Medium of instruction issues in trilingual Hong Kong primary schools

Introduction

Three major languages coexist in Hong Kong: Cantonese, English, and Putonghua. According to the 2016 Population by-census (Table 12.1), the percentage of the population aged 5 and over who reported speaking Cantonese has been slightly decreasing from 90.8% in 2006 to 88.9% in 2016 (Census and Statistics Department, 2017). However, Cantonese still remains the predominant language — the socially preferred and most commonly used language in Hong Kong. As shown in Table 12.1, 88.9% of the population aged 5 and over reported that they spoke Cantonese as their usual spoken language in 2016, while another 5.7% claimed that they could speak Cantonese as another language. In other words, 94.6% of the population aged 5 and over reported being able to speak Cantonese (Census and Statistics Department, 2017, p. 31). Meanwhile, 4.3% of the population aged 5 and over reported that they spoke English, while only 1.9% reported speaking Putonghua as their usual spoken language, but nearly 50% of the population reported being able to speak it (Census and Statistics Department, 2017). In addition to these three languages, small percentages of census respondents reported speaking a number of other languages. Table 12.1 provides the details and illustrates how the use of specific languages has developed or altered between 2006 and 2016.

Geographically, Hong Kong is located on the south coast of China, bordering the mainland city of Shenzhen in Guangdong province to its north. Historically, Hong Kong was a British colony for 155 years until its ‘handover’ back to the Chinese government in 1997. During the colonial period, English was the sole official language in the realms of legislature, administration, the judiciary, education, and formal registers (Luke & Richards, 1982; So, 1989, 1996; Poon, 2000, 2010) until 1974 when Chinese became the coofficial language after massive public pressure from the Chinese Language Movement during 1968 and 1971 (So, 1996; Poon, 2000). English has been maintained as a co-official language alongside Chinese since the change of sovereignty in June 1997. Article 9 of The Basic Law of the Hong Kong Special Administrative Region of the People’s Republic of China states that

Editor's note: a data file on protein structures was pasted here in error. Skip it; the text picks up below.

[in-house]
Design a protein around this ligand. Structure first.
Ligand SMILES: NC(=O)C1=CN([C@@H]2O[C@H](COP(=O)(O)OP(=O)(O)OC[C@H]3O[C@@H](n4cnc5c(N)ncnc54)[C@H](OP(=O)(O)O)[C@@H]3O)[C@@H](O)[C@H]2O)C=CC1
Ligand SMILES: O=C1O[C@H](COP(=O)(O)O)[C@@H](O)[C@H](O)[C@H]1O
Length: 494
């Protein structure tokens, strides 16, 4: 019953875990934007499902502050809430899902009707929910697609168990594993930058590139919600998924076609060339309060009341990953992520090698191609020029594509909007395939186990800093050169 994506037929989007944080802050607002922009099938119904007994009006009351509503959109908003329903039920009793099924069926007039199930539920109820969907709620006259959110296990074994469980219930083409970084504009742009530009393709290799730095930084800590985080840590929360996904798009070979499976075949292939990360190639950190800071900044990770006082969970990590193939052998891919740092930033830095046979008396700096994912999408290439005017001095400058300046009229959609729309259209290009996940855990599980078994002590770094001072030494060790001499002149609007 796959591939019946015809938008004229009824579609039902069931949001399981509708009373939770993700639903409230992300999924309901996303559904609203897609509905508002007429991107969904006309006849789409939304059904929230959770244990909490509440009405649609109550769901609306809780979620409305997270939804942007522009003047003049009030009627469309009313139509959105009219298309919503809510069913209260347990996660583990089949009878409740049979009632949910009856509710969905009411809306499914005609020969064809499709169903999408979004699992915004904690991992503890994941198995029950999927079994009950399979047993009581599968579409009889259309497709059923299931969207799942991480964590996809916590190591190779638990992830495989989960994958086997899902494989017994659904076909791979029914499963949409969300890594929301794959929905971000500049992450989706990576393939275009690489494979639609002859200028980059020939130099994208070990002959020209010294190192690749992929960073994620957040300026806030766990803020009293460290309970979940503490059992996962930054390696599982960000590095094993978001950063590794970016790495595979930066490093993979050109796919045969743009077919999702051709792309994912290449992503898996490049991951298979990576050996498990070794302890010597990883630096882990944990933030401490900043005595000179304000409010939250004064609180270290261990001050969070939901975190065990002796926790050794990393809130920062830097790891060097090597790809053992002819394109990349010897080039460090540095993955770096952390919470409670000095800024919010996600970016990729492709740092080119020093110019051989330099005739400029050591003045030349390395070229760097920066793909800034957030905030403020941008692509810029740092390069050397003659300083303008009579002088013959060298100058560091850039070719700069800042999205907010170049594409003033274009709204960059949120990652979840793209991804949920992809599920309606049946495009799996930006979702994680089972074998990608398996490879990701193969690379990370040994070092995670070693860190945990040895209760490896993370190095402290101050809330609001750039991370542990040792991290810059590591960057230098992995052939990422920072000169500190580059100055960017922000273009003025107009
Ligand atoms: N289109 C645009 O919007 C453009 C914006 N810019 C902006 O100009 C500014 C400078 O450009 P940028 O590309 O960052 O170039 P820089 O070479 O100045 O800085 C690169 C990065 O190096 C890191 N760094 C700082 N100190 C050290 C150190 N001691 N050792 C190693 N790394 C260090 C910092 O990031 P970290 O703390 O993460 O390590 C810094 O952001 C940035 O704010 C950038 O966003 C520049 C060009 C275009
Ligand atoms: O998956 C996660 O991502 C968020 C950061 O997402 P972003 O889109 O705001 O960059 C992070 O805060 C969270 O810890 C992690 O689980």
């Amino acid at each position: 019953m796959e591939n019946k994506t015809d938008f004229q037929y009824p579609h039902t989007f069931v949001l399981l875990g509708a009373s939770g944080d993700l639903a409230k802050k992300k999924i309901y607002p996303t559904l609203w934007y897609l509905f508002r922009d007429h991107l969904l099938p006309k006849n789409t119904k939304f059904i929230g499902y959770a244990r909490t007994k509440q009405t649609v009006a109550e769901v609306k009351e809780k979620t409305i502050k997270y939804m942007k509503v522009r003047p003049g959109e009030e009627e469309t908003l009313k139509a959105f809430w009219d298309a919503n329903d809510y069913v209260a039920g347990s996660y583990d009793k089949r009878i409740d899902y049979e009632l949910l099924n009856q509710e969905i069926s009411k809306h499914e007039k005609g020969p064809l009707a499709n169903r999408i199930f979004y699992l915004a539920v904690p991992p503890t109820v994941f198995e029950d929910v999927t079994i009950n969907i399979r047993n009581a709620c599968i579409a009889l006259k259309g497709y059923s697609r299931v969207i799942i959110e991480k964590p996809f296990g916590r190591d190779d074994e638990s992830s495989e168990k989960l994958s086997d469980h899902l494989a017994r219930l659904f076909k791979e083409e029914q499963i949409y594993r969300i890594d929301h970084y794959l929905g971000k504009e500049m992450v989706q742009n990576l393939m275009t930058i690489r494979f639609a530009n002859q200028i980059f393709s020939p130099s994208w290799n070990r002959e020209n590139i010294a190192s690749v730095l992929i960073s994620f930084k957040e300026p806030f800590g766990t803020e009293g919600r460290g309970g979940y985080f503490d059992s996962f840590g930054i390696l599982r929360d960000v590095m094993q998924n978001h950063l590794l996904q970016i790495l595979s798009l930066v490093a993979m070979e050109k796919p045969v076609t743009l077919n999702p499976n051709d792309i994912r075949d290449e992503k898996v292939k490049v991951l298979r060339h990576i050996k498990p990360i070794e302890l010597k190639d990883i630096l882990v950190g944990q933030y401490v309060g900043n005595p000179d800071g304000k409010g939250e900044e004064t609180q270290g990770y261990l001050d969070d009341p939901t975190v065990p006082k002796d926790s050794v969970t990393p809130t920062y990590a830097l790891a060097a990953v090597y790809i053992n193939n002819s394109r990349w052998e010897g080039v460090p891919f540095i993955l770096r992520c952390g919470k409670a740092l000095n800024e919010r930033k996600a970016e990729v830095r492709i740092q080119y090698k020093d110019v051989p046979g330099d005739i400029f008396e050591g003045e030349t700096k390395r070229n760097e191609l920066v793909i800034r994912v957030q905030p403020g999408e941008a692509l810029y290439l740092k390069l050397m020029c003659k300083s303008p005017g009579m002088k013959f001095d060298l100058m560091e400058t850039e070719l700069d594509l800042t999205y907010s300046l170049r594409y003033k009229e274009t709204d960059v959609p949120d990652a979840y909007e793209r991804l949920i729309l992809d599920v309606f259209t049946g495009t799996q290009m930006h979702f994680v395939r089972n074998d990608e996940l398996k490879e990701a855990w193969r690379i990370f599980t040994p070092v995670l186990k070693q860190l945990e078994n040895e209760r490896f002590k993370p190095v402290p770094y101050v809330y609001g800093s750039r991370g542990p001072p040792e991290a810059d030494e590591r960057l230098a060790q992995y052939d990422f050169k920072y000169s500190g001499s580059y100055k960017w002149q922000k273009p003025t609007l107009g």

IMnguage/dialect

Proportion of population aged 5 and over, in per cent

As the usual spoken language

As another spoken language/ dialect

Total

2006

2011

2016

2006

2011

2016

2006

2011

2016

Cantonese

90.8

89.5

88.9

5.7

6.3

5.7

96.5

95.8

94.6

English

2.8

3.5

4.3

41.9

42.6

48.9

44.7

46.1

53.2

Putonghua

0.9

1.4

1.9

39.2

46.5

46.7

40.2

47.8

48.6

Hakka

1.1

0.9

0.6

3.6

3.8

3.5

4.7

4.7

4.2

Fukien

1.2

1.1

1.0

2.1

2.3

2.6

3.4

3.5

3.6

Chiu Chau

0.8

0.7

0.5

3.2

3.1

2.9

3.9

3.8

3.4

Indonesian (Bahasa Indonesia)

0.1

0.3

0.3

1.5

2.2

2.4

1.7

2.4

2.7

Filipino (Tagalog)

0.1

0.2

0.4

1.3

1.4

2.3

1.4

1.7

2.7

Japanese

0.2

0.2

0.1

1.1

1.4

1.7

1.2

1.5

1.8

Shanghainese

0.3

0.3

0.2

0.9

0.9

0.9

1.2

1.1

1.1

Note: Figures exclude mute persons.

‘In addition to the Chinese language, English may also be used as an official language by the executive authorities, legislature and judiciary of the Hong Kong Special Administrative Region’ (The Constitutional and Mainland Affairs Bureau, 2017, p. 3). Putonghua, the national language of Mainland China, was not as significant as it is today before the handover of sovereignty in 1997. Since 1997, however, Putonghua has been promoted through the new Biliterate and Trilingual (МТС—тШ.Ш) language policy (Poon, 2004). It is worth noting that the term ‘Chinese’ can be ambiguous. In the context of Hong Kong, where the great majority of the population are first language speakers of Cantonese, Chinese is recognized as written Modern Standard Chinese (MSC) and spoken Cantonese. But, of course, there are many Chinese languages, one of which is Putonghua, the national language in Mainland China. Putonghua is the spoken form of MSC. Putonghua and Cantonese are significantly different in lexis, syntax, pronunciation, phonology, and grammar (Bauer, 1988; Zhan, 2002; Sze, 2005; Poon, 2010).

Hong Kong schools are divided into two main streams: The EMI schools, which use English as the medium of instruction (Mol), and the CMI schools, which use Cantonese as the Mol. Cantonese has been used as the Mol in most primary schools, except for a few historical missionary schools which use English as the Mol. However, under the Biliterate and Trilingual policy and with the promotion of Putonghua after 1997, Putonghua has become a subject to be taught and has also been adopted by some schools as the medium of instruction in teaching the Chinese language. As a result, the situation concerning the implementation of the Biliterate and Trilingual language policy has become complex as there are no clear guidelines on how trilingual education should be implemented effectively in primary schools (Wang & Kirkpatrick, 2013).

In this chapter, we will report the major findings of research into the implementation of trilingual education in Hong Kong primary schools. Our study was carried out in two stages which will be explained below. The aim of our study was to gain a better understanding of trilingual education in Hong Kong primary' schools, to identify what worked and what did not. In this, we hope the study will contribute to multilingual education in general.

 
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